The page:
Treatments most properly called “injection lipolysis” have been commonly associated with the term “mesotherapy” to reduce or eliminate unwanted local accumulations of fat. Various terms for treatments that purport to “dissolve” fat seem to be used interchangeably, although “mesotherapy” has gained prominence in the public vernacular.
Injection lipolysis is typically done with trade-named products such as Lipodissolve™ and Lipostabil™ or with proprietary formulations provided by compounding pharmacies. The one common ingredient in all injection lipolysis formulations is phosphatidylcholine (PPC).
In the United States, sodium deoxycholate (DC), a constituent of bile, is a second major ingredient used to keep the PPC soluble and in an injectable form without precipitating out of solution.
Phosphatidylcholine (PPC) and sodium deoxycholate (DC) are both phospholipids, emulsifiers, and surfactants. PPC is the most abundant phospholipid component of cell membranes, a precursor to acetylcholine, and a constituent of lipoproteins. DC is a constituent of bile. Both substances are naturally present in the human body.
In contrast to injections into the mesoderm, injection lipolysis treatments are delivered into the subcutaneous fat. In both cases, the depth of injection is critical to prevent damage to fascia. It has been hypothesized that treatment with PPC and DC reduces subcutaneous fat by adipocyte necrosis due to direct toxic or surfactant effects.
Phosphatidylcholine (PPC) and sodium deoxycholate (DC) are both approved by the U.S. Food and Drug Administration (FDA) for use as surfactants and drug carriers, among other applications, but neither is approved for subcutaneous injection. Lipodissolve™ and Lipostabil™ are not approved by the FDA.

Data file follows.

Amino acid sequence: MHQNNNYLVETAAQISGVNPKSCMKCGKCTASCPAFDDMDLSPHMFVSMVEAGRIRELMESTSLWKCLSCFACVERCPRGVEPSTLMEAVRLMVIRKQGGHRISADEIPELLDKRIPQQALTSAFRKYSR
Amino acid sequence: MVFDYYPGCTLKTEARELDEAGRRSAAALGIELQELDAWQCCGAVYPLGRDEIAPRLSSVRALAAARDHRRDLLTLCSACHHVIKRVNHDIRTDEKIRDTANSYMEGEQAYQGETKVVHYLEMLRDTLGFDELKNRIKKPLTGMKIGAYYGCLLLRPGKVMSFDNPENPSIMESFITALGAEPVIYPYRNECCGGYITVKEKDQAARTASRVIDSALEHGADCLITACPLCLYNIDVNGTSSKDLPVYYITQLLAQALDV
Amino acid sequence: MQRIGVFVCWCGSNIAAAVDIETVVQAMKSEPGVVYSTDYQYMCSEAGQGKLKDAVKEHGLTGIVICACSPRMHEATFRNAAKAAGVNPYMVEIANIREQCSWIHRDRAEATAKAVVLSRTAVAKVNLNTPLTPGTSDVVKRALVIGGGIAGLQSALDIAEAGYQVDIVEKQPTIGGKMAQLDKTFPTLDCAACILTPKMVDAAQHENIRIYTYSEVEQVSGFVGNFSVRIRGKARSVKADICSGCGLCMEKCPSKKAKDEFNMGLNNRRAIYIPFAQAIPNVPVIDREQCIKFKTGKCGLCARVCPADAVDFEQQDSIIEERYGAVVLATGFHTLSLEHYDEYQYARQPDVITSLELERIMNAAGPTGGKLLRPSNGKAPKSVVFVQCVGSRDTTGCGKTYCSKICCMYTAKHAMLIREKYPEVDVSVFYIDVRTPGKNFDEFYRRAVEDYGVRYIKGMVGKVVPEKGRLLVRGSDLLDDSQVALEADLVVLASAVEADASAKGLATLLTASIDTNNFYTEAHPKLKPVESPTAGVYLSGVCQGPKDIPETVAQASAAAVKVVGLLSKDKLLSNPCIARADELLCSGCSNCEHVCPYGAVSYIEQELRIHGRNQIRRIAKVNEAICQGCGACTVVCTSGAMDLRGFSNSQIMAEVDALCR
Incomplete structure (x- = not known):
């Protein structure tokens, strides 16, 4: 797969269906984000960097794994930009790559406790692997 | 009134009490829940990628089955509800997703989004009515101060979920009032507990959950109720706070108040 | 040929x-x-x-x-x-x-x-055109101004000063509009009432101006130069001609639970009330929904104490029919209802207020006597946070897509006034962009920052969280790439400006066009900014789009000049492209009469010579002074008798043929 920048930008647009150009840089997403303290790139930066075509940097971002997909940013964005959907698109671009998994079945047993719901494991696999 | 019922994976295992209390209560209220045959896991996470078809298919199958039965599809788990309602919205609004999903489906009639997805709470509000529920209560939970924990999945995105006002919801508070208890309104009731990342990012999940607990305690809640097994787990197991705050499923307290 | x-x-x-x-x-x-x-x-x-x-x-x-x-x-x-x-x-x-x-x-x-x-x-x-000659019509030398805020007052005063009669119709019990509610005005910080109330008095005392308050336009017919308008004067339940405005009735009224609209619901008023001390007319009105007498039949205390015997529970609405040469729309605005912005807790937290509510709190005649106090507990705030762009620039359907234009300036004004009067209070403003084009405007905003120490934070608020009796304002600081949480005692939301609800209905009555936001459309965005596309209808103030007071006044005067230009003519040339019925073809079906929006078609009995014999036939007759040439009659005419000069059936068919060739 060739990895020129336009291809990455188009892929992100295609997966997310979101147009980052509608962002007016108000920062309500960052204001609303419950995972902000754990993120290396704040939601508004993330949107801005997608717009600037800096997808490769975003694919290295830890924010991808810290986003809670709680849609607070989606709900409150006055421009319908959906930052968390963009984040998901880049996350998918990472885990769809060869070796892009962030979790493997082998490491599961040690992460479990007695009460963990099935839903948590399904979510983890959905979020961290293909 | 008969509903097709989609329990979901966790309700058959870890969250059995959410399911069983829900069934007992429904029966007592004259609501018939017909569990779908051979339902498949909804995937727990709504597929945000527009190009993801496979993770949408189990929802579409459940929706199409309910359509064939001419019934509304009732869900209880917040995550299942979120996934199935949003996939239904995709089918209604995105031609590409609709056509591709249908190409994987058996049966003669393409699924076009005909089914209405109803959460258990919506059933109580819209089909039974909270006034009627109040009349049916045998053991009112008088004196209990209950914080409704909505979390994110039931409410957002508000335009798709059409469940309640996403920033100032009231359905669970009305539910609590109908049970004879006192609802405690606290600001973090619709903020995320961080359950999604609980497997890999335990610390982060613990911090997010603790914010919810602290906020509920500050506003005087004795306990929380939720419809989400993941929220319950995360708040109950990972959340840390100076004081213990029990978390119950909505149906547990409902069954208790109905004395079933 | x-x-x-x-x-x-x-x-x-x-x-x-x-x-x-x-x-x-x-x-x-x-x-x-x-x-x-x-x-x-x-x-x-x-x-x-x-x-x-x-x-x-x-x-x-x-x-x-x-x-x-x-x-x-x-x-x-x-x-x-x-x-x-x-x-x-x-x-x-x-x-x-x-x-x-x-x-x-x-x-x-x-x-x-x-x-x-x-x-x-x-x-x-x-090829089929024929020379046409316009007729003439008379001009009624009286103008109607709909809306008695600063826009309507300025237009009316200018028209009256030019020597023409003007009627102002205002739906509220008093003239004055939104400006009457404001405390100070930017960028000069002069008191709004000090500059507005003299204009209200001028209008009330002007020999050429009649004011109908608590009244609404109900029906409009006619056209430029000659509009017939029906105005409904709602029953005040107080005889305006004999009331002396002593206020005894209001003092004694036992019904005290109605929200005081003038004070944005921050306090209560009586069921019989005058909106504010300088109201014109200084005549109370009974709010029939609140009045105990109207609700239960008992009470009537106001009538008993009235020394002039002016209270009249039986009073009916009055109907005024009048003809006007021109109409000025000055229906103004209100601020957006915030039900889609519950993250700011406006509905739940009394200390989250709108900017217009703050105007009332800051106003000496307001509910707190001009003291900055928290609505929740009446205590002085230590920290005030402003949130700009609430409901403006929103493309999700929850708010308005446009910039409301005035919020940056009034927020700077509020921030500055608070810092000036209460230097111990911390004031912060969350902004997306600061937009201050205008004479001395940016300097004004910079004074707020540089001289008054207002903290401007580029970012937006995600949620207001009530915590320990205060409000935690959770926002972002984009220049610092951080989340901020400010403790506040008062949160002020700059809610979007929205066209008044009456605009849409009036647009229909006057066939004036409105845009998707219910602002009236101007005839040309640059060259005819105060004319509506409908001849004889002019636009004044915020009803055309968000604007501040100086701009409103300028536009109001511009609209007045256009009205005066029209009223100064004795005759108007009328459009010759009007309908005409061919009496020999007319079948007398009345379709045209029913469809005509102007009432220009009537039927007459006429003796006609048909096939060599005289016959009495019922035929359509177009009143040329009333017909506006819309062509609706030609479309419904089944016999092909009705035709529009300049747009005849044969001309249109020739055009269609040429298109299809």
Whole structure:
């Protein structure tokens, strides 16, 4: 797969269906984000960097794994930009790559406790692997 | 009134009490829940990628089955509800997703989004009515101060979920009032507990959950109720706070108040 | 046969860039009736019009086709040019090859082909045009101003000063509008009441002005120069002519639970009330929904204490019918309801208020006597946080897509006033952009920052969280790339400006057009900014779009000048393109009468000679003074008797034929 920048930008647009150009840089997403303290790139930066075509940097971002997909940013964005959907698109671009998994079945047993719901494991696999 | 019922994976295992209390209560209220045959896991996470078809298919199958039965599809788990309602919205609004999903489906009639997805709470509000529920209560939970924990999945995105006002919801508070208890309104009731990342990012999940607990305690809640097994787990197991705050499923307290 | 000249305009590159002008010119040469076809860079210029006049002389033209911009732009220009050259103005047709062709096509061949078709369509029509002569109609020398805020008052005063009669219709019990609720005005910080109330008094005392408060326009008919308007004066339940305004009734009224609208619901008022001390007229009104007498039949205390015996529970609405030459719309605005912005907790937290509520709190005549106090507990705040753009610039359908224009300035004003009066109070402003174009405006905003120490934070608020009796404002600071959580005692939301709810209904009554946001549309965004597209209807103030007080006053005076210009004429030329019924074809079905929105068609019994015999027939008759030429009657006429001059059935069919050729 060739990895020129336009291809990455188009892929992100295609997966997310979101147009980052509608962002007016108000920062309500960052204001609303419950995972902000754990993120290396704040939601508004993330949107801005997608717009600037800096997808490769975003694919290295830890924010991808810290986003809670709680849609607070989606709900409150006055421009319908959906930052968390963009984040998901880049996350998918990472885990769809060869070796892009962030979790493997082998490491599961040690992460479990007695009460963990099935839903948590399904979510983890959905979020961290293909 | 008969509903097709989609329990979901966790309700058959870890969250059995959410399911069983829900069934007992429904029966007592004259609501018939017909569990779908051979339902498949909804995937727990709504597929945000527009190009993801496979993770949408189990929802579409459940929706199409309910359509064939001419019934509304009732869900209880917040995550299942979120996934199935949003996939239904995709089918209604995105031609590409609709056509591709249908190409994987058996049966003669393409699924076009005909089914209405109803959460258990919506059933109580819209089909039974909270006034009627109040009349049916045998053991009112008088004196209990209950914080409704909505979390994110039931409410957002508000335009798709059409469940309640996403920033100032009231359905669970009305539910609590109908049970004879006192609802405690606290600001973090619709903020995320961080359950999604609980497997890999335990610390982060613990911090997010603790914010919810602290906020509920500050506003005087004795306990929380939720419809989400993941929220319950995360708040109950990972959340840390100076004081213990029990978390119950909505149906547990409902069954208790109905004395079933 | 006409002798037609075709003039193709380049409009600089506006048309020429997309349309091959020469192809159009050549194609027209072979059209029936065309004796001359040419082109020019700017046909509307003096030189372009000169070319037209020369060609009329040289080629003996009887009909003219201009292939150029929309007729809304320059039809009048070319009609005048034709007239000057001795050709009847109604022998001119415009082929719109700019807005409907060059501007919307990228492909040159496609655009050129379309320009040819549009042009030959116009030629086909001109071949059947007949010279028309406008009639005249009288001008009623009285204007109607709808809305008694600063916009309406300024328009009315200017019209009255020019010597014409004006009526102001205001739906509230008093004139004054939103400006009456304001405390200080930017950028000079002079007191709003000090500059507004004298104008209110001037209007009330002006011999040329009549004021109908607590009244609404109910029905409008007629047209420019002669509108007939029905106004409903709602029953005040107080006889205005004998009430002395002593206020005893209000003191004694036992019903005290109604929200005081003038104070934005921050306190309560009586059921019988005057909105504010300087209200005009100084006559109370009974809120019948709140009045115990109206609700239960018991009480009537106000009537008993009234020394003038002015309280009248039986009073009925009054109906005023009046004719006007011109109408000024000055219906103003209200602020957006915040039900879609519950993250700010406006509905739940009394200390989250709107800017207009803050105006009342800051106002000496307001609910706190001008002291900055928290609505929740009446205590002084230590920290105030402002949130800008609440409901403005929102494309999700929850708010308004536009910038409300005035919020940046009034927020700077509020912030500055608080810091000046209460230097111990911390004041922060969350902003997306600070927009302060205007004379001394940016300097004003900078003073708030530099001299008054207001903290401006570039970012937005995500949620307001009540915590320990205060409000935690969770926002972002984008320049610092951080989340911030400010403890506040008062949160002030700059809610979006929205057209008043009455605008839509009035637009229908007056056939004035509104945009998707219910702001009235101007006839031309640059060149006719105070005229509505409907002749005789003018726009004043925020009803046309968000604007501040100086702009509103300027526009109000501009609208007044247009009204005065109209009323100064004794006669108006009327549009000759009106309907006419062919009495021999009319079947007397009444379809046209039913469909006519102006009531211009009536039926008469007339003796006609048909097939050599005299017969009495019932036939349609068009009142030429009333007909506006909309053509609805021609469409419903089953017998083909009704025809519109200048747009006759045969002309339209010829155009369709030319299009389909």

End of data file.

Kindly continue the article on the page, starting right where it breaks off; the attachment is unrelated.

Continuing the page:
Proprietary formulations of PPC / DC and other drugs have been manufactured by compounding pharmacies, yet such formulations lack standardization in terms of good manufacturing practices and sterility.
The FDA is well aware that injections to reduce fat deposits are performed, but the agency thus far has not exercised its enforcement power to restrict the use of compounded PPC / DC.
Safety and Efficacy of Injection Lipolysis
To date, reports on the safety and efficacy of injection lipolysis have been anecdotal. Any clinical study involving subcutaneous injection of these drugs requires FDA approval of an investigational new drug (IND) application plus IRB approval.
Reports of adverse events, including mycobacterium skin infections have been reported following the injection of compounded preparations for injection lipolysis.
Recommendations Regarding Injection Lipolysis
Patients must be informed that this procedure uses compounded drugs that are not approved by the FDA for injection.
The use of a PPC/DC combination is permitted in the context of a clinical trial operating under a FDA-approved IND (investigational new drug) study protocol.
Physicians may order individualized prescriptions from a compounding pharmacy designed for a specific patient for the purpose of injection lipolysis. “Bulk” purchases of the compounded drugs will not be possible. There is the risk of FDA investigation and sanctions involving compounded drugs that are not approved by the FDA.
Lipodissolve™ and Lipostabil™ are not approved by the FDA. It is illegal to import or use them.
-Adopted October 2007